A recent article published in Liver International reported that long-term administration of albumin to cirrhotic patients with refractory ascites improved survival and reduced inpatient hospitalization (1). In addition to reducing complications associated with liver cirrhosis, such as ascites and spontaneous bacterial peritonitis (SBP), long-term albumin administration also reduced complications such as hepatic encephalopathy and non-SBP infection. These findings indicated that long-term albumin infusion therapy may benefit cirrhotic patients, not only by improving hemodynamics but also by enhancing the scavenging of toxic substances, thereby improving patient prognosis.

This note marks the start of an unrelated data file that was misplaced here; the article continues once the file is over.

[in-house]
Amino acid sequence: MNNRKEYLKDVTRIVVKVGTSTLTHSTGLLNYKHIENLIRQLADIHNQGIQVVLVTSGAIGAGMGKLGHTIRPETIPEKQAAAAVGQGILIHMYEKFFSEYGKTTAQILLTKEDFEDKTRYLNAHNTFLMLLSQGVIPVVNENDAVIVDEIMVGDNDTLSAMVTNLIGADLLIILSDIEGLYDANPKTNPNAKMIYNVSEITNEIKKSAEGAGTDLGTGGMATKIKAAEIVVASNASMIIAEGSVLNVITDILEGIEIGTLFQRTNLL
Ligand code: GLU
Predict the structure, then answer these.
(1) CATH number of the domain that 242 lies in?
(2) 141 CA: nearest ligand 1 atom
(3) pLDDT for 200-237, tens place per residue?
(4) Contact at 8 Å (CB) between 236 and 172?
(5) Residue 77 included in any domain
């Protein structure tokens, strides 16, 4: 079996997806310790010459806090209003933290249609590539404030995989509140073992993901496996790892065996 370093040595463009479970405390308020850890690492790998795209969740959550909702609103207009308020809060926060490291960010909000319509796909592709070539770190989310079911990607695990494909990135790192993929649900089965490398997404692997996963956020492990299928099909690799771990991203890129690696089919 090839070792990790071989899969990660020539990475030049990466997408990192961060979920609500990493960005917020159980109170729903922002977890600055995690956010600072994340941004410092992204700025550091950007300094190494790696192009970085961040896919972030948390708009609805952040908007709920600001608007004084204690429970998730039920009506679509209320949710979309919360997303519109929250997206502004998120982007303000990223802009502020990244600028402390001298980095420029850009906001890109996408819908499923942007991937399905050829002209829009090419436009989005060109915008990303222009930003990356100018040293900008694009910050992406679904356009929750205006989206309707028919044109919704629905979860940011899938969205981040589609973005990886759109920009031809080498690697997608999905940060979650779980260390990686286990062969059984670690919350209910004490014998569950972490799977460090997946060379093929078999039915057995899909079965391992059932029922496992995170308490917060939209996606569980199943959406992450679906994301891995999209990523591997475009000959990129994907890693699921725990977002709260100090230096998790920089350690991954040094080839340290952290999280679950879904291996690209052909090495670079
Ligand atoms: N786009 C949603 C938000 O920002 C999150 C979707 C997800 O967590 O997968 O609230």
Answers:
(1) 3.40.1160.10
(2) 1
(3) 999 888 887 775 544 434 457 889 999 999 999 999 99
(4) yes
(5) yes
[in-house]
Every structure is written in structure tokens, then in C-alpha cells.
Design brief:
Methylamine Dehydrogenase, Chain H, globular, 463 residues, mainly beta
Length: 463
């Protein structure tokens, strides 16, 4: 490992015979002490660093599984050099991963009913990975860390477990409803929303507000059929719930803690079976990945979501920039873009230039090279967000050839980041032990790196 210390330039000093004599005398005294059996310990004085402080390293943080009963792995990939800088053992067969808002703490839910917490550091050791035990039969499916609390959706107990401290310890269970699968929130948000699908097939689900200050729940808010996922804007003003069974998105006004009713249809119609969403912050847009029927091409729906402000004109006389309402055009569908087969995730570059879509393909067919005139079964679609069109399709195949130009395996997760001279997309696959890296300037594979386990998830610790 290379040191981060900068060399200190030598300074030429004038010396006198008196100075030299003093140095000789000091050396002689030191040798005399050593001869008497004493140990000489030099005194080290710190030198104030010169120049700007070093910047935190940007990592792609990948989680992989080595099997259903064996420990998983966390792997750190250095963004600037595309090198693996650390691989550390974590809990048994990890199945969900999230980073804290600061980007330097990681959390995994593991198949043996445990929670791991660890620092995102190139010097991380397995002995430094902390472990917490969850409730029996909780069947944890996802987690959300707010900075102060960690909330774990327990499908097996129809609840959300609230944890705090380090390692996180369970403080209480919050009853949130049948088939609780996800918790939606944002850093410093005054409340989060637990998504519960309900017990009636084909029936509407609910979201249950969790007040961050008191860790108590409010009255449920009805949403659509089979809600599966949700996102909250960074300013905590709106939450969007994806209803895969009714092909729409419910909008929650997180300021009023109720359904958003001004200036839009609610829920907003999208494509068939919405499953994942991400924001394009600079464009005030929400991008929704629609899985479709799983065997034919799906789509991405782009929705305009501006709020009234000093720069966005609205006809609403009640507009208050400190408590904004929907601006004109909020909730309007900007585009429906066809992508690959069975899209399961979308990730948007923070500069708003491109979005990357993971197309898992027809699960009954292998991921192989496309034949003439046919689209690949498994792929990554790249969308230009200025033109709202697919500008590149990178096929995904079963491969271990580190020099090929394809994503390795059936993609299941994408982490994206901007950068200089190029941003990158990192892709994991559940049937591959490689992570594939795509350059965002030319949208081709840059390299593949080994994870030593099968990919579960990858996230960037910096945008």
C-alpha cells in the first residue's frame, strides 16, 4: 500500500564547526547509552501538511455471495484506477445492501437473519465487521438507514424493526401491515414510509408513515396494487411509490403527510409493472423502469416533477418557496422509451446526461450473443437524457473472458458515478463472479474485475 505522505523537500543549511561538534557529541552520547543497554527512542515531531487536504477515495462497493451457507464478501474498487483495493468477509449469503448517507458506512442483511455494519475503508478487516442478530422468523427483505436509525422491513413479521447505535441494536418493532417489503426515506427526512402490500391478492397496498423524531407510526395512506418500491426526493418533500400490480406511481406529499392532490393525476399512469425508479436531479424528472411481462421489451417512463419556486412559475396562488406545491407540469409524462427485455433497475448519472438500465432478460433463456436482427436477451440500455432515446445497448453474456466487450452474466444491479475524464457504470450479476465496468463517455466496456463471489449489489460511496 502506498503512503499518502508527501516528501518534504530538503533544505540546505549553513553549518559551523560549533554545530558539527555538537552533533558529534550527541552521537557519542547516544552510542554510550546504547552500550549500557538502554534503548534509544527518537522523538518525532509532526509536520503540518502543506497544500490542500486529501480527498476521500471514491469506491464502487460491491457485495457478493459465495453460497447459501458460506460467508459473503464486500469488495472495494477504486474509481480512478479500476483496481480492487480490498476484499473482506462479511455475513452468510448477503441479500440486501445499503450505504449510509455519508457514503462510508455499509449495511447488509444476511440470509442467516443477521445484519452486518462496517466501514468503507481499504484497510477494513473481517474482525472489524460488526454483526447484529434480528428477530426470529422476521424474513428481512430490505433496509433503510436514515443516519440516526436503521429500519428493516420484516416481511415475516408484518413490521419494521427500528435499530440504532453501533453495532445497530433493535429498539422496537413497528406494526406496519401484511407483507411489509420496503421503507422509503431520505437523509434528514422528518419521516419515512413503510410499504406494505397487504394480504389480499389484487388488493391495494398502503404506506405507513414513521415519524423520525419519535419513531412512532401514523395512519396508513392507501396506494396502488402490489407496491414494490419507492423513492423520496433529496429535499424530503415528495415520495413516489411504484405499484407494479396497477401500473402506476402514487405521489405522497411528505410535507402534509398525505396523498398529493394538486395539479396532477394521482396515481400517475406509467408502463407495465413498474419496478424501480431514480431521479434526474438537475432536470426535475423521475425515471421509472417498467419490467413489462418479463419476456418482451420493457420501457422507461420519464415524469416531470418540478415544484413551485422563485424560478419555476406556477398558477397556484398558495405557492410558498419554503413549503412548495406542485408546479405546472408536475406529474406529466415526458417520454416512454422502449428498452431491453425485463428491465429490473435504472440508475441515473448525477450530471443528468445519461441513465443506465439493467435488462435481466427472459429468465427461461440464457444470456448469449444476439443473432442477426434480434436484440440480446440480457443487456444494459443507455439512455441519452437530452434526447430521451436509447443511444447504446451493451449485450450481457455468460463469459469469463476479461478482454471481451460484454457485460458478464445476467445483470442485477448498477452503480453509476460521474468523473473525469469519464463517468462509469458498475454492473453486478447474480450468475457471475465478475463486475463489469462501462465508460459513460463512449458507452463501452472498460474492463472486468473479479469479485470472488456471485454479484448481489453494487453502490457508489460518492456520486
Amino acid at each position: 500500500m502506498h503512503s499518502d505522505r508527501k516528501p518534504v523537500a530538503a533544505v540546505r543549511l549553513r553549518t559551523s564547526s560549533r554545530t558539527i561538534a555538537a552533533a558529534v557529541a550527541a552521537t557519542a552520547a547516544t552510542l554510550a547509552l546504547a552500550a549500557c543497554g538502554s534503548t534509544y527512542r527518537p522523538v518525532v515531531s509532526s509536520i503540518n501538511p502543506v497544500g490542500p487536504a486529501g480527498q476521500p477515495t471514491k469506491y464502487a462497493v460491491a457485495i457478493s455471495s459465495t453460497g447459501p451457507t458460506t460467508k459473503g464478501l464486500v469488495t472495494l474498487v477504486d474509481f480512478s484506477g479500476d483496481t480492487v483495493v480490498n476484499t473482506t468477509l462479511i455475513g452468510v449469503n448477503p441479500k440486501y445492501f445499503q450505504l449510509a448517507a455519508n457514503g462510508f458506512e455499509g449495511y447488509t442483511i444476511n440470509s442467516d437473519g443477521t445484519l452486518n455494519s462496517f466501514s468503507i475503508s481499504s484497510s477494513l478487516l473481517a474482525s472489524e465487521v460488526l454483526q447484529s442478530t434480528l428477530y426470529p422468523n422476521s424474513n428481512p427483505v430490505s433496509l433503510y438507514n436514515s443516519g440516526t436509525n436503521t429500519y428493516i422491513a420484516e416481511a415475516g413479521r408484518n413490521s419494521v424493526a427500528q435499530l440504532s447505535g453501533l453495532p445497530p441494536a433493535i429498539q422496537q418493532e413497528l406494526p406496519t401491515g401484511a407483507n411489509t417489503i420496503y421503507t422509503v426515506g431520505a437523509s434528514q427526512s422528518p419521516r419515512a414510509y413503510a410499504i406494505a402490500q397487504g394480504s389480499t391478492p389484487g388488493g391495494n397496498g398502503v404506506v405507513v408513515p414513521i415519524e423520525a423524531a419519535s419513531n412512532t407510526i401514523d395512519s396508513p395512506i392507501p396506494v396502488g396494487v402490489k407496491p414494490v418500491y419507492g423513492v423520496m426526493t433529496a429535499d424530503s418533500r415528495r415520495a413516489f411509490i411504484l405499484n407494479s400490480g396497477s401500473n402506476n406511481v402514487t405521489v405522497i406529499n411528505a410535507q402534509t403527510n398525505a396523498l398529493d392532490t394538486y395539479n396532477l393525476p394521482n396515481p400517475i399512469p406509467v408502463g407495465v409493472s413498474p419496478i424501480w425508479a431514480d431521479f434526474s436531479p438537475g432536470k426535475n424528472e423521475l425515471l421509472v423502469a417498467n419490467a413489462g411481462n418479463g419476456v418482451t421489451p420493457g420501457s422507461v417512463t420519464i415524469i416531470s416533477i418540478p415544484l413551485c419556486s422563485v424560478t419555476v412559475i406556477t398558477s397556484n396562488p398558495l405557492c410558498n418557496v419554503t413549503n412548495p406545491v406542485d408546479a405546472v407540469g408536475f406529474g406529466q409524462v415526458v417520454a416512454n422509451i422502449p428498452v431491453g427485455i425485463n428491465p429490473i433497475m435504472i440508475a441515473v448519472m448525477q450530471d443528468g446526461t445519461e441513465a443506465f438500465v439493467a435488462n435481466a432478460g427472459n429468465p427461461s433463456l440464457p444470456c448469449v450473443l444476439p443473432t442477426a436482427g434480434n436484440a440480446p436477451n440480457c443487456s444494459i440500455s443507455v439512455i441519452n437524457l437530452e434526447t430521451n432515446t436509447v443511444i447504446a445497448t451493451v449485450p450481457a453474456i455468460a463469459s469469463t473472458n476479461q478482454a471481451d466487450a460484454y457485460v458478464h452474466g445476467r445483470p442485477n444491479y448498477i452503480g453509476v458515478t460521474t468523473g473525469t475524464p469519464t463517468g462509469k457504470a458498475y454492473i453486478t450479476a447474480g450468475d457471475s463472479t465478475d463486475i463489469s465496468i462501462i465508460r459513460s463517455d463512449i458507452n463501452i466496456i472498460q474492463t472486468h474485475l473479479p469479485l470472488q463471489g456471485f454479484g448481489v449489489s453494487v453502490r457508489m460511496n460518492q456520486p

Albumin, the most abundant protein in human plasma, has multiple biologic activities. For example, albumin is the main regulator of plasma as oncotic pressure; binds to and transports other biological molecules; has antioxidant, antithrombotic and immunomodulatory activities; and stabilizes endothelial cells (2). Albumin binds to furosemide in blood and transports it to the kidneys, which secrete furosemide into the proximal tubules, the sites of its activity. Albumin can enhance the response to diuretics in cirrhotic patients with hypoalbuminemia (3). Thus, albumin is effective in improving symptoms in cirrhotic patients with ascites. Furthermore, clinical studies have shown the usefulness of albumin administration to cirrhotic patients under some conditions. For example, albumin administration after large volume paracentesis was effective in preventing paracentesis-induced circulatory dysfunction (PICD) (4). A meta-analysis found that albumin supplementation significantly reduced the incidence of PICD, as well as hyponatremia, an independent prognostic indicator in cirrhotic patients (5). Furthermore, albumin was more effective than volume expanders such as dextran and polygeline, suggesting that the activity of albumin is due to more than its preservation of oncotic pressure (4). To prevent PICD, clinical practice guidelines recommend the administration of 6–8 g of albumin per liter of ascites to remove more than 5 L of ascites (6,7). Moreover, albumin was found to prevent the development of hepatorenal syndrome, a life-threatening complication frequently found after SBP in cirrhotic patients (8). Administration of albumin together with antibiotics was more effective at reducing renal dysfunction in patients with SBP than antibiotics alone (9). Albumin supplementation (1.5 g/kg of body weight at diagnosis and 1.0 g/kg on day 3) is recommended in patients with SBP (7,10). Taken together, these findings indicate that albumin can improve the prognosis of patients with decompensated cirrhosis under specific situations. However, it is unclear whether long-term administration of albumin improves prognosis and prolongs survival in cirrhotic patients.